During a team event, Embiid interacted with fans and revealed that he's not experiencing any injury-related issues as training camp approaches. The former Kansas star did acknowledge that he'll likely face some playing restrictions in 2016-17, though he noted that they would not be due to concern over re-injury and would rather be a product of the fact that he hasn't played in a game setting in two-plus years. Embiid remains somewhat of a wild card for the 76ers this season, but if he's healthy he has the potential to develop into a top-tier center down the road.
Pleiss and two future second-round picks were just traded Friday from the Jazz in exchange for Kendall Marshall. With Marshall already waived by the Jazz on Friday, the trade was essentially for financial bookkeeping purposes. Even though Pleiss stands at an imposing 7-3, the German is now in danger of seeing his NBA career come to an end after one forgettable season in Utah where he made just 12 appearances.
Marshall had been buried on the 76ers' depth chart at guard heading into the 2016-17 season, so the team will at least be getting value in return for sending the 25-year-old off to a new squad. Throughout the 2015-16 season in Philadelphia he notched 3.7 points, 0.9 rebounds, 2.4 assists, and 13 minutes per game in 30 games played. The likes of George Hill, Dante Exum, Rodney Hood, Alec Burks, and more crowd the backcourt in Utah, so Marshall has some battling to do before securing a spot in the pecking order.
Pleiss was a longshot to make the roster in Utah heading into the 2016-17 season with Derrick Favors and Rudy Gobert dominating the majority of minutes in the frontcourt, with several secondary options in Trey Lyles, Boris Diaw, and Joel Bolomboy providing depth. Pleiss only averaged seven minutes per game throughout the 2015-16 season with the Jazz, reeling in 1.3 rebounds and 2.0 points per game as well. The 76ers have plenty of young weapons such as first overall pick Ben Simmons, Nerlens Noel, and Jahlil Okafor so Pleiss' role could be limited given he makes the final roster.
The Jazz have plenty of backcourt depth, especially when it comes to ball handlers, so they really had no reason for Marshall after the trade. He will once again be searching for a new home in the NBA, and while Marshall is skilled as a passer and floor leader, injuries have put a ceiling on his ability to contribute in the NBA.
Olynyk remains concerned that his activities could still be limited at the start of training camp in late September, but the big man nonetheless appears to be well ahead of the five-month recovery timetable initially handed down in late May. That timetable likely would have resulted in Olynyk being sidelined for the start of the season, but the Celtics seem increasingly optimistic that he'll be back to full health at some point in training camp. Olynyk is expected to compete with Amir Johnson and Jonas Jerebko for a starting role in the frontcourt alongside marquee free-agent signing Al Horford.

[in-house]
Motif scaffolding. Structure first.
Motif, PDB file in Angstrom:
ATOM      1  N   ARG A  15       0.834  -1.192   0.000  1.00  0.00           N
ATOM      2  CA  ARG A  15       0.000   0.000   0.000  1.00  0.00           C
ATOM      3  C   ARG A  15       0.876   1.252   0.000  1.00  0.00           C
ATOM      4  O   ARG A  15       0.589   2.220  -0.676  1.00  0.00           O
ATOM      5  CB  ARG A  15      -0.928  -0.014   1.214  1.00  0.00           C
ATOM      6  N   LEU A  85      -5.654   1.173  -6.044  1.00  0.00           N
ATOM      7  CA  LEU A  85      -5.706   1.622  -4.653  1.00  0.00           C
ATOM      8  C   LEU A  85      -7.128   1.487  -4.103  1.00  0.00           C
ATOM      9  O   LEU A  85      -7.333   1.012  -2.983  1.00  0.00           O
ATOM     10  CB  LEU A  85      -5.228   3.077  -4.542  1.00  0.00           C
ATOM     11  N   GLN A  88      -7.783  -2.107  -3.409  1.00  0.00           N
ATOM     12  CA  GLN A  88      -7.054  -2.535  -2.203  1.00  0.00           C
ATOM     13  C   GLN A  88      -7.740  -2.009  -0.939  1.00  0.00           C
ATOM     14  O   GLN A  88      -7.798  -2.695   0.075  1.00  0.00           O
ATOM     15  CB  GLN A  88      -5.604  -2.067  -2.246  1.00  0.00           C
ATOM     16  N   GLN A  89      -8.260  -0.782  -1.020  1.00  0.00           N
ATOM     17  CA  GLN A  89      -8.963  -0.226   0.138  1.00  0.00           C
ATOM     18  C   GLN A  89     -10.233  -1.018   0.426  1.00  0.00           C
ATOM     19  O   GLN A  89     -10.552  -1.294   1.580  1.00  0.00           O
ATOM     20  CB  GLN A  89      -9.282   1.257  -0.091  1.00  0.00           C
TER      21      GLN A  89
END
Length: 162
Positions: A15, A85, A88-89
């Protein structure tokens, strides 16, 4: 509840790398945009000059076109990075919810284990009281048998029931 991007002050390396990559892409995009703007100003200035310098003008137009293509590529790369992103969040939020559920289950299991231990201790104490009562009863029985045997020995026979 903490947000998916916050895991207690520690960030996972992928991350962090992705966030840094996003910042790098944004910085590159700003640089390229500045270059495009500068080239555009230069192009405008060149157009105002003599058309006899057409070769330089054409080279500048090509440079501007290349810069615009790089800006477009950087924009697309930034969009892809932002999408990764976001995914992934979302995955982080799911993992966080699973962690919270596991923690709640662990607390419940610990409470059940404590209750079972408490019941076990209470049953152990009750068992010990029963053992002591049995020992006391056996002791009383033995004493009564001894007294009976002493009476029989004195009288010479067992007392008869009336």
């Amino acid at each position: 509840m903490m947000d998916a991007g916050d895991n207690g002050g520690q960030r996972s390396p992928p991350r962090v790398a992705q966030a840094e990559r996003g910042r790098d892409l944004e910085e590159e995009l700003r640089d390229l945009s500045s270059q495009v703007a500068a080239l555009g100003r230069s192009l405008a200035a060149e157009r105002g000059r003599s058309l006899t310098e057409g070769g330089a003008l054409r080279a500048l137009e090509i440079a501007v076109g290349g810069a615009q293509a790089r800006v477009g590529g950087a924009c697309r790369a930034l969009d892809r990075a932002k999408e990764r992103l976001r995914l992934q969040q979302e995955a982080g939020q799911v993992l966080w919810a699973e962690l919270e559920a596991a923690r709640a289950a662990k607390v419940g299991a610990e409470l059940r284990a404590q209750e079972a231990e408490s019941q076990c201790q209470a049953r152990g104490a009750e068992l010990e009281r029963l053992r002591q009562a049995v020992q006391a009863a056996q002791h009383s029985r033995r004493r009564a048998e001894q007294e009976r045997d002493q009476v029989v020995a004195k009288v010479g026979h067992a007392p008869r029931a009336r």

McRoberts' name surfaced in trade rumors throughout the offseason, but since the big man underwhelmed during an injury-plagued 2015-16 campaign and is due $5.8 million in 2016-17, it's unlikely the Heat gained much traction with any supposed discussions. With Chris Bosh's health on uncertain ground heading into the season while he recovers from a setback relating to blood clots, the Heat could need McRoberts to raise his performance in order to remain competitive in the Eastern Conference.
Mirotic hurt his right knee in a collision during the Spanish team's bronze-medal winning performance Sunday against Australia in the 2016 Summer Olympics, but after briefly leaving the contest, he was able to return minutes later. After the win, Mirotic suggested the injury wasn't anything serious, so it doesn't seem he's at risk of being unavailable when the Bulls open training camp in the fall. The 25-year-old is expected to compete with Taj Gibson in camp for the starting power forward role.
The second overall pick in the 2016 NBA Draft is expected to immediately play a major role for the rebuilding Lakers, though he'll likely find himself on the second unit to begin the season after the team signed veteran forward Luol Deng in the offseason. The 18-year-old Ingram provided glimpses of his vast potential during the Las Vegas Summer League, averaging 12.2 points, 4.2 rebounds and 1.8 assists across five games.
Lucas will get a shot to make Minnesota's final roster during camp. He spent the 2015-16 season in the D-League. He started 18-of-18 appearances, averaging 17.7 points, 4.9 assists, 3.1 rebounds, and 2.3 three-pointers made in 35 minutes per game.